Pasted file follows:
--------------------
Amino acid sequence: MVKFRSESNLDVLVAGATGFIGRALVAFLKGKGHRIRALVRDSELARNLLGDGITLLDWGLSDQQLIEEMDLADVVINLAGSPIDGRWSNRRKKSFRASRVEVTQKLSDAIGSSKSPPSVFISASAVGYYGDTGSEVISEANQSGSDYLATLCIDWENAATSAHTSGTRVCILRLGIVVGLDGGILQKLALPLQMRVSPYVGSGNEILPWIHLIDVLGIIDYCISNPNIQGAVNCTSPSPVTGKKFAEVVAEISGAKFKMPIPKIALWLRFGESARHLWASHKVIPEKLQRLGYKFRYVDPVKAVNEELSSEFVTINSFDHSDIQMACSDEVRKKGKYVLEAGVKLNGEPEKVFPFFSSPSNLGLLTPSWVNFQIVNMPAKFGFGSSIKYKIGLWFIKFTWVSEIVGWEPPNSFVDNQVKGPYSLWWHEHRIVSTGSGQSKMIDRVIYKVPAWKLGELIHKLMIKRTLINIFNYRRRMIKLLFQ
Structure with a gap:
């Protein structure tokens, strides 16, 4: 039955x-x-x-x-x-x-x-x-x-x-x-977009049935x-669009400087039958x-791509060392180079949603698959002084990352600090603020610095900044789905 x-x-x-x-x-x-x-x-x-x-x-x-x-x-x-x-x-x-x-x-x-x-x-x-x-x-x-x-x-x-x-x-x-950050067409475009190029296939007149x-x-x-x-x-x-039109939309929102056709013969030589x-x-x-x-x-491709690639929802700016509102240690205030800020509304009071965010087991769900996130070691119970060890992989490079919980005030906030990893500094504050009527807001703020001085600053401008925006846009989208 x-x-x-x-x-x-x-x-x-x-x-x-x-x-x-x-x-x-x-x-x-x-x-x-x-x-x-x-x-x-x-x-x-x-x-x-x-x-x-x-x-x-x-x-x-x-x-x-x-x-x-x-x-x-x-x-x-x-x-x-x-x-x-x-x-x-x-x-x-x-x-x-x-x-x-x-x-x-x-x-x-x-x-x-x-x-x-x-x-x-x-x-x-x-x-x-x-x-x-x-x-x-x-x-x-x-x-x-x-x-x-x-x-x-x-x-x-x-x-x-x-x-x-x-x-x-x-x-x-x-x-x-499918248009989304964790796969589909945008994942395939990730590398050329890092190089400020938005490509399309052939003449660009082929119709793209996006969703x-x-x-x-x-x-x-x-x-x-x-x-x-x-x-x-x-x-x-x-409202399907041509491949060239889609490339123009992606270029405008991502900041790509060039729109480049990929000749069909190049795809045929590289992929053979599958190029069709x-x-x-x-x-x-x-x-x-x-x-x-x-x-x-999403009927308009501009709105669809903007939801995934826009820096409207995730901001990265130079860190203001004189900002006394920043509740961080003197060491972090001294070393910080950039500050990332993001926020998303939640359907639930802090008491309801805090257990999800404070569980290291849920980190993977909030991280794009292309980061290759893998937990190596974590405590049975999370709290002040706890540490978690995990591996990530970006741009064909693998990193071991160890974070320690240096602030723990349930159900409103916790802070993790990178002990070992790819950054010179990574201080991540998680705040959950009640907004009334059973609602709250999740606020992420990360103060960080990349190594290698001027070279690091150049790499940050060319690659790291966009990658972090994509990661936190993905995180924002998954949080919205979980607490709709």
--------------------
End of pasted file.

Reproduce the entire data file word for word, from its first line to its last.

Amino acid sequence: MVKFRSESNLDVLVAGATGFIGRALVAFLKGKGHRIRALVRDSELARNLLGDGITLLDWGLSDQQLIEEMDLADVVINLAGSPIDGRWSNRRKKSFRASRVEVTQKLSDAIGSSKSPPSVFISASAVGYYGDTGSEVISEANQSGSDYLATLCIDWENAATSAHTSGTRVCILRLGIVVGLDGGILQKLALPLQMRVSPYVGSGNEILPWIHLIDVLGIIDYCISNPNIQGAVNCTSPSPVTGKKFAEVVAEISGAKFKMPIPKIALWLRFGESARHLWASHKVIPEKLQRLGYKFRYVDPVKAVNEELSSEFVTINSFDHSDIQMACSDEVRKKGKYVLEAGVKLNGEPEKVFPFFSSPSNLGLLTPSWVNFQIVNMPAKFGFGSSIKYKIGLWFIKFTWVSEIVGWEPPNSFVDNQVKGPYSLWWHEHRIVSTGSGQSKMIDRVIYKVPAWKLGELIHKLMIKRTLINIFNYRRRMIKLLFQ
Structure with a gap:
């Protein structure tokens, strides 16, 4: 039955x-x-x-x-x-x-x-x-x-x-x-977009049935x-669009400087039958x-791509060392180079949603698959002084990352600090603020610095900044789905 x-x-x-x-x-x-x-x-x-x-x-x-x-x-x-x-x-x-x-x-x-x-x-x-x-x-x-x-x-x-x-x-x-950050067409475009190029296939007149x-x-x-x-x-x-039109939309929102056709013969030589x-x-x-x-x-491709690639929802700016509102240690205030800020509304009071965010087991769900996130070691119970060890992989490079919980005030906030990893500094504050009527807001703020001085600053401008925006846009989208 x-x-x-x-x-x-x-x-x-x-x-x-x-x-x-x-x-x-x-x-x-x-x-x-x-x-x-x-x-x-x-x-x-x-x-x-x-x-x-x-x-x-x-x-x-x-x-x-x-x-x-x-x-x-x-x-x-x-x-x-x-x-x-x-x-x-x-x-x-x-x-x-x-x-x-x-x-x-x-x-x-x-x-x-x-x-x-x-x-x-x-x-x-x-x-x-x-x-x-x-x-x-x-x-x-x-x-x-x-x-x-x-x-x-x-x-x-x-x-x-x-x-x-x-x-x-x-x-x-x-x-x-499918248009989304964790796969589909945008994942395939990730590398050329890092190089400020938005490509399309052939003449660009082929119709793209996006969703x-x-x-x-x-x-x-x-x-x-x-x-x-x-x-x-x-x-x-x-409202399907041509491949060239889609490339123009992606270029405008991502900041790509060039729109480049990929000749069909190049795809045929590289992929053979599958190029069709x-x-x-x-x-x-x-x-x-x-x-x-x-x-x-999403009927308009501009709105669809903007939801995934826009820096409207995730901001990265130079860190203001004189900002006394920043509740961080003197060491972090001294070393910080950039500050990332993001926020998303939640359907639930802090008491309801805090257990999800404070569980290291849920980190993977909030991280794009292309980061290759893998937990190596974590405590049975999370709290002040706890540490978690995990591996990530970006741009064909693998990193071991160890974070320690240096602030723990349930159900409103916790802070993790990178002990070992790819950054010179990574201080991540998680705040959950009640907004009334059973609602709250999740606020992420990360103060960080990349190594290698001027070279690091150049790499940050060319690659790291966009990658972090994509990661936190993905995180924002998954949080919205979980607490709709």